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1A native or inhabitant of Malta or a person of Maltese descent.
- ‘According to tradition the national colors were given to the Maltese by Count Roger in 1090.’
- ‘The Maltese are reportedly quaking in their boots.’
- ‘Moreover, this knot is one which few besides sailors can tie, and is peculiar to the Maltese.’
- ‘Saint Paul is a powerful national symbol, as he is credited with converting the Maltese to Christianity.’
- ‘The years between the two world wars were marked by spasmodic European immigration, especially of Italians, Greeks, Croatians, Maltese, and Jews.’
2[mass noun] The national language of Malta, a Semitic language related to Arabic but much influenced by Italian, Spanish, and Norman French.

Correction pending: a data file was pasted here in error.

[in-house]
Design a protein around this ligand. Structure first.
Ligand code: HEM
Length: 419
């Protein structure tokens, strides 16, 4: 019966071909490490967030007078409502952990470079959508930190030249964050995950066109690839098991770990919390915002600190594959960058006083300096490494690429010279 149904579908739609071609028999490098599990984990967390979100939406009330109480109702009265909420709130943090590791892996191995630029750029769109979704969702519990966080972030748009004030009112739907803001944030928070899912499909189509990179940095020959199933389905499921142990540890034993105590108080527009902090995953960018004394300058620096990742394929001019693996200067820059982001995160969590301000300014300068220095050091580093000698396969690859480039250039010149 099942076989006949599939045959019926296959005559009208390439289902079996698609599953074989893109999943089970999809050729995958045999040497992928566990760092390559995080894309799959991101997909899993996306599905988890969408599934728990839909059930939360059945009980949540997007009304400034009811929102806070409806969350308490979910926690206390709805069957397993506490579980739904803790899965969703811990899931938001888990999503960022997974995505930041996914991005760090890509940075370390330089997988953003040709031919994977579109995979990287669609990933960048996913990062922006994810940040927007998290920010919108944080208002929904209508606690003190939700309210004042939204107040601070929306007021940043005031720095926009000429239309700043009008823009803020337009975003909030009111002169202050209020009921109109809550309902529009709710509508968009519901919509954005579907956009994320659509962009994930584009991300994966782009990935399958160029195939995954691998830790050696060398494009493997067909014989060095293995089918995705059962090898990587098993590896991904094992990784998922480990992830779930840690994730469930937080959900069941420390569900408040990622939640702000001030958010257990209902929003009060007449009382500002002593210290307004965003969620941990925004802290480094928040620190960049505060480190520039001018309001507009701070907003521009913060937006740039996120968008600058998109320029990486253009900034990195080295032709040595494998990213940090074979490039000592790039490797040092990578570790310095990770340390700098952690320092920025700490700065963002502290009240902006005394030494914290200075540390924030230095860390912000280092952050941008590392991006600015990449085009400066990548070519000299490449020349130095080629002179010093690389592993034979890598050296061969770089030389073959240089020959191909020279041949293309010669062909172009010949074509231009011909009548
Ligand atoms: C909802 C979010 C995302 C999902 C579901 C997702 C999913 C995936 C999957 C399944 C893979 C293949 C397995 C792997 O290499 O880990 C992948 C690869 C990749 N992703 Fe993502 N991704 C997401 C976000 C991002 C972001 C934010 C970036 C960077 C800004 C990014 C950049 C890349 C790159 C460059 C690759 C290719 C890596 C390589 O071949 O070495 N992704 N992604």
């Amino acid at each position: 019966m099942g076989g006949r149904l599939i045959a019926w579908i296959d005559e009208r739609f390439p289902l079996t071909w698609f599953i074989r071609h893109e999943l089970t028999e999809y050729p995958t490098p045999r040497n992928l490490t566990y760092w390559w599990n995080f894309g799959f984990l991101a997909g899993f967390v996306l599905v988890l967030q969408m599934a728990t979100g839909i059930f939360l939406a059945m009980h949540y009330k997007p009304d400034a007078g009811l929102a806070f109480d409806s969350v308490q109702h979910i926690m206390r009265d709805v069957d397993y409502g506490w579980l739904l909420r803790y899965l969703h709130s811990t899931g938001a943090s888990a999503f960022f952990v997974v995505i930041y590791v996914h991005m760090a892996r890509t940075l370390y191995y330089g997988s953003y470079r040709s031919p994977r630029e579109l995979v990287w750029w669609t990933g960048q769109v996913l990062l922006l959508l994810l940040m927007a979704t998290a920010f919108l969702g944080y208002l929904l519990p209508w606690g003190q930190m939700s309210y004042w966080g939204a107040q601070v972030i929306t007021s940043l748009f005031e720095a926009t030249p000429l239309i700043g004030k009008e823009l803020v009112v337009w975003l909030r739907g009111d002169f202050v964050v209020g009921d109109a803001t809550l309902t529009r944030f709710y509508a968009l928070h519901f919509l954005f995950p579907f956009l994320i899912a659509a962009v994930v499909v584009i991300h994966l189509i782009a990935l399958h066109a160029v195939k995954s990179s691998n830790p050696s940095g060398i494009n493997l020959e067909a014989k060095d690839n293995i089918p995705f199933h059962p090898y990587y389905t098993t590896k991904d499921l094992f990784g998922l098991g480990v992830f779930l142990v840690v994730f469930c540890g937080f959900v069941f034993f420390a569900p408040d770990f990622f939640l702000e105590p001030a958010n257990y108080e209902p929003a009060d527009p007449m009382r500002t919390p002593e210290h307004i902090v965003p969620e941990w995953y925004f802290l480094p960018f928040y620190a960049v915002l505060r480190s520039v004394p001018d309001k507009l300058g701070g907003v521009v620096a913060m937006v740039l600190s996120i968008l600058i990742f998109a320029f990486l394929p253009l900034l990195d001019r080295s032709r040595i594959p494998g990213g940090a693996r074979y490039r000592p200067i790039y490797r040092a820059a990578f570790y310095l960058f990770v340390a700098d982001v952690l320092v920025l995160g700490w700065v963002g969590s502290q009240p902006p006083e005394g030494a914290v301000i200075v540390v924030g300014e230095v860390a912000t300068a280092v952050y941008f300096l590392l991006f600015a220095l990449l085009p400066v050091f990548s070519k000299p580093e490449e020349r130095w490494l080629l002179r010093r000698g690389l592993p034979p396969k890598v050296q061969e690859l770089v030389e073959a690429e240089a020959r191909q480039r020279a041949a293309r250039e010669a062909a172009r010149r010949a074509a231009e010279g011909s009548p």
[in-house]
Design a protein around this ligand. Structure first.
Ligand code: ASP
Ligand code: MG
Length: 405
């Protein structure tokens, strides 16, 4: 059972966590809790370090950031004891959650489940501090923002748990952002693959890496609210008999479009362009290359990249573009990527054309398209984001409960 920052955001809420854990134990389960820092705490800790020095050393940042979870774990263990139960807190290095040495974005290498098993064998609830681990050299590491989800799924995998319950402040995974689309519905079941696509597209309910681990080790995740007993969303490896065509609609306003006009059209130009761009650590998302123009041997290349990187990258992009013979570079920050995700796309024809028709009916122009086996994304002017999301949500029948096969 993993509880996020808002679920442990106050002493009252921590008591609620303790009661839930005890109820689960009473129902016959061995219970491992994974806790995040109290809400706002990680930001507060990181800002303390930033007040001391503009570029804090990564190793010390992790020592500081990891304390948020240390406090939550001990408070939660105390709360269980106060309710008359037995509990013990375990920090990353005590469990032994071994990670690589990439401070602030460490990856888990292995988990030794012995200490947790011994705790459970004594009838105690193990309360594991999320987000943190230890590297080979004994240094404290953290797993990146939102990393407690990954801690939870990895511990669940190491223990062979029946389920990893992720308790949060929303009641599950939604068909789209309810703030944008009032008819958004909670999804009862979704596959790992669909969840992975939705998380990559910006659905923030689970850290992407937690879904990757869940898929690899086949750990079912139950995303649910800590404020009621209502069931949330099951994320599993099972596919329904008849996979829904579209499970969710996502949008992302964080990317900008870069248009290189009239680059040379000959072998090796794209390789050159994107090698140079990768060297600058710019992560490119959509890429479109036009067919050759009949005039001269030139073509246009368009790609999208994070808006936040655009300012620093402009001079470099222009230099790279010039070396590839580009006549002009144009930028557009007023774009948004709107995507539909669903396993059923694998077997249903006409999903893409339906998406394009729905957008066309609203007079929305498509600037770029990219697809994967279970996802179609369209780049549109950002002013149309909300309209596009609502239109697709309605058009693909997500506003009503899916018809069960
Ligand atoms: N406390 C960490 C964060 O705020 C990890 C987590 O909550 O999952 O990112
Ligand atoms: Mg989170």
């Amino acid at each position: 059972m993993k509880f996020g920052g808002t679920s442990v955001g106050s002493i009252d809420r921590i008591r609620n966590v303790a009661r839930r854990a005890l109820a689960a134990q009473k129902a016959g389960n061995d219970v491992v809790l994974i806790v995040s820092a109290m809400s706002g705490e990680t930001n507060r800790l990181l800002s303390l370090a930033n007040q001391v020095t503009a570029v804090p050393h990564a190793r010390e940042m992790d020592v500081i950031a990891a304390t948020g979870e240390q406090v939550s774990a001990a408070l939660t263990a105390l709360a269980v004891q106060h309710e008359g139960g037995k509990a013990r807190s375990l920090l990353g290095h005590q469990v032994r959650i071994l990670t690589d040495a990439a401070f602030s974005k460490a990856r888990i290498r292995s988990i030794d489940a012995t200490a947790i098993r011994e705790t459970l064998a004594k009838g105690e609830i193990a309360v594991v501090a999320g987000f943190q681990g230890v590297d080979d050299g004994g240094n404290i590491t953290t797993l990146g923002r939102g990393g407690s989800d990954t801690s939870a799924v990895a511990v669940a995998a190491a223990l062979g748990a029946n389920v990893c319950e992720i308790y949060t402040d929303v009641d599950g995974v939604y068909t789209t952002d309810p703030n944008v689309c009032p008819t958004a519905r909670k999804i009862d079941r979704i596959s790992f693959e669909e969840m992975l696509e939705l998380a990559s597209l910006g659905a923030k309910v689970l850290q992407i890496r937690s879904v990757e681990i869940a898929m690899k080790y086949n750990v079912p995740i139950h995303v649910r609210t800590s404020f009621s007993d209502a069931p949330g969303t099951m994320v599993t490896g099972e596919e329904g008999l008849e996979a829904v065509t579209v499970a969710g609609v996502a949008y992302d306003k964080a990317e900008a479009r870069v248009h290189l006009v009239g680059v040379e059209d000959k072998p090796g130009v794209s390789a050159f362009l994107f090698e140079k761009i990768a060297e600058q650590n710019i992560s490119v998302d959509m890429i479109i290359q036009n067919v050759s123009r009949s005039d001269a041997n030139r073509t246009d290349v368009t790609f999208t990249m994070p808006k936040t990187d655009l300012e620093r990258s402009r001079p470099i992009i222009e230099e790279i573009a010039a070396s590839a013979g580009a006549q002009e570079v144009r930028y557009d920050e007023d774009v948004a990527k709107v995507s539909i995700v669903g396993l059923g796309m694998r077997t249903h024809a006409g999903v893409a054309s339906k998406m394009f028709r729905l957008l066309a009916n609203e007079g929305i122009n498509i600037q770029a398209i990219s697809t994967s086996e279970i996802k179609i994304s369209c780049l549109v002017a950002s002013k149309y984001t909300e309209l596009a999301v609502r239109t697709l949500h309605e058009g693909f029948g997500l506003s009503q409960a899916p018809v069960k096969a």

- ‘In the case of Britain, they also attempt to obtain information on more recently arrived languages such as Gujarati, Punjabi, Maltese, and Turkish.’
- ‘How many people, for example, can translate from Latvian into Maltese?’
- ‘More people know Irish than Maltese, Latvian or Estonian, the protestors claimed.’
- ‘The two official languages are Maltese (a language with similarities to Arabic) and English.’
- ‘‘We have to find for example somebody who offers registration in Maltese,’ says Howard.’
Relating to Malta, its people, or their language.
- ‘As part of these celebrations, a very well known Maltese architect will deliver the Weekend's keynote address.’
- ‘This is still the largest Maltese community outside of Malta.’
- ‘The last case of a similar nature involved Maltese twins, who were separated surgically in Britain.’
- ‘Like its people and history, the Maltese language is varied.’
- ‘Malta is predominantly Roman Catholic so the Maltese people love to celebrate weddings.’
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